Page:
TV Licensing

The TV Licensing staff are on strike due to a pay dispute. This seems as good a time as any to talk about the TV license and the notorious enforcement company, TV Licensing.

I am a big fan of the BBC. Although it feels like they have struggled to find the right balance in programming over the last few years, I still think the BBC is incredibly good value for money, and that a taxpayer-funded media service is hugely valuable to society.

Some of you may recall BBC promos like or “bbc news on your mobile“, “we believe in listening“, “new music“, and more overt TV license adverts like “bbc for small people“, “because of the unique way we are funded“, “what has the bbc ever given us“, “you make it what it is“, “vic and bob“, or “the complaints department“. I’d be surprised if you can watch all of those without at least one giving you goosebumps, without one of them making you smile. The BBC truly delivers world-class productions across a range of media. I think it’s terrific value for money and so I gladly pay the £145.50 annual fee.

So it’s bitterly disappointing that the BBC’s glorious reputation and legacy is tainted here in the UK by the thuggish and threatening behaviour of the TV license collection agency, “TV Licensing“. Here’s one example, my own experience with them.

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TV Licensing know which properties contain TVs based on two sets of data: firstly, every retailer that sells TVs has to capture the address it will be used at; and secondly, an assumption that every address in the UK has a TV unless proven otherwise. They also claim to have “detector vans” that can tell when you’re watching live broadcast television.

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I don’t watch live TV when I’m in Norwich (I plug in the laptop to watch films or to catch up on stuff via iPlayer), but I do occasionally watch live TV when I’m in London. So I switched my TV licence from the Norwich address to my London address, and I notified TV Licensing online that I don’t need a TV licence at the Norwich address, specifying that the TV there was used for watching non-live programmes.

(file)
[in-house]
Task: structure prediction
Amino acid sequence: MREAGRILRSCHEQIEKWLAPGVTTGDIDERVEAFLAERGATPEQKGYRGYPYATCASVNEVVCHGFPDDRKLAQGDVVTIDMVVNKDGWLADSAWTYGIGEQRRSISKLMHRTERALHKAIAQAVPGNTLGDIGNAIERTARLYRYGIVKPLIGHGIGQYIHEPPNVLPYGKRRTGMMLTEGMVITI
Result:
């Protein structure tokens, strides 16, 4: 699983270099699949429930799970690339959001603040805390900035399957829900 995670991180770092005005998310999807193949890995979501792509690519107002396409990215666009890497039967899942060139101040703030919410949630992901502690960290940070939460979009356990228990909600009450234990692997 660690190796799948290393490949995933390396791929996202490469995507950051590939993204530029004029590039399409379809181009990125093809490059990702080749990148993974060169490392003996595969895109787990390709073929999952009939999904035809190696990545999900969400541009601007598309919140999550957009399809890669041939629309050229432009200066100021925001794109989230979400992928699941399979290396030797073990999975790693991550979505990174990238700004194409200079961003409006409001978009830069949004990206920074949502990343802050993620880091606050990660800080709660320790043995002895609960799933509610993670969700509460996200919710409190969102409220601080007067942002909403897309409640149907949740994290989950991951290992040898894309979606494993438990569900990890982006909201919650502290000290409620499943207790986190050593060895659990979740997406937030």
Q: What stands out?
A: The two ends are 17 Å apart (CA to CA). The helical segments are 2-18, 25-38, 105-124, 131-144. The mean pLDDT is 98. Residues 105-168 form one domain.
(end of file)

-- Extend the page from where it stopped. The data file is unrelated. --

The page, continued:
This notification they subsequently acknowledged. Their acknowledgement, addressed to me and sent in March, stated:

Our records have been updated and you won’t receive any more letters from us for almost two years.

TV Licensing threat

Unfortunately, within just three months, a threatening letter arrived on my doorstep, addressed to “The Present Occupier”, using language such as “it is illegal“, “you may later be prosecuted“, “taken to court“, “found guilty“, “maximum fine of £1000“. Remember – this is for an address where I have declared I don’t need a licence, and received an acknowledgement and a promise of two years of peace and quiet just a few months previously.

This was followed by a subsequent funereal letter telling me my details are being passed to enforcement officers. The message is deliberately threatening: the very name “enforcement officer” is designed to intimidate and lend legitimacy; again, language like “you are breaking the law“, “taken to court“, “fined up to £1000“, “visiting your area soon“, “may call at your home any time during the day or evening or at the weekend“, “enforcement visit“. And this is for an address that has been correctly and properly identified as not needing a licence via TV Licensing’s own website.

TV Licensing threat

A month after that – the third month in a row I received a threatening letter, and barely 6 months after declaring the address does not need a licence, I get an official warning. The “Enforcement Officers are authorised to visit your address“, the letter tells me. Watching TV is “against the law“, “they may interview you under caution, in line with the Police and Criminal Evidence Act“, “the first step in a legal process“. Remember, it is not illegal to own a television, it is not illegal to use a television to watch content other than broadcast television, and there is no legal requirement to buy a TV licence in these circumstances.

And finally, within a few weeks of the Official Warning, I received yet another letter, this time addressed to “Legal Occupier” rather than “The Present Occupier”, and with a comparatively friendlier tone (“we want to help you get licensed so you can enjoy TV legally”).

Despite doing everything by the book by ensuring the property where I watch live TV is covered by a licence, and providing TV Licensing with notification that a licence is not needed for the other property, I have so far received four warning letters – three of which were incredibly threatening.

Sadly, this is not an isolated case. There’s a TV Licensing blog, a TV Licensing website, another TV Licensing website, forum postings, newspaper articles, blog posts, reports of heavy-handed behaviour, and hundreds of thousands of search results on the issue.

I never thought I’d say it, but Noel Edmonds is completely right.

As media consumption habits go through a period of dramatic change, it’s more important than ever that the BBC explains the value of the TV licence and keeps the licence-payers on side. But the behaviour of TV Licensing is so appalling that I fear future generations will learn to hate the BBC and the intimidation that comes from owning a television.

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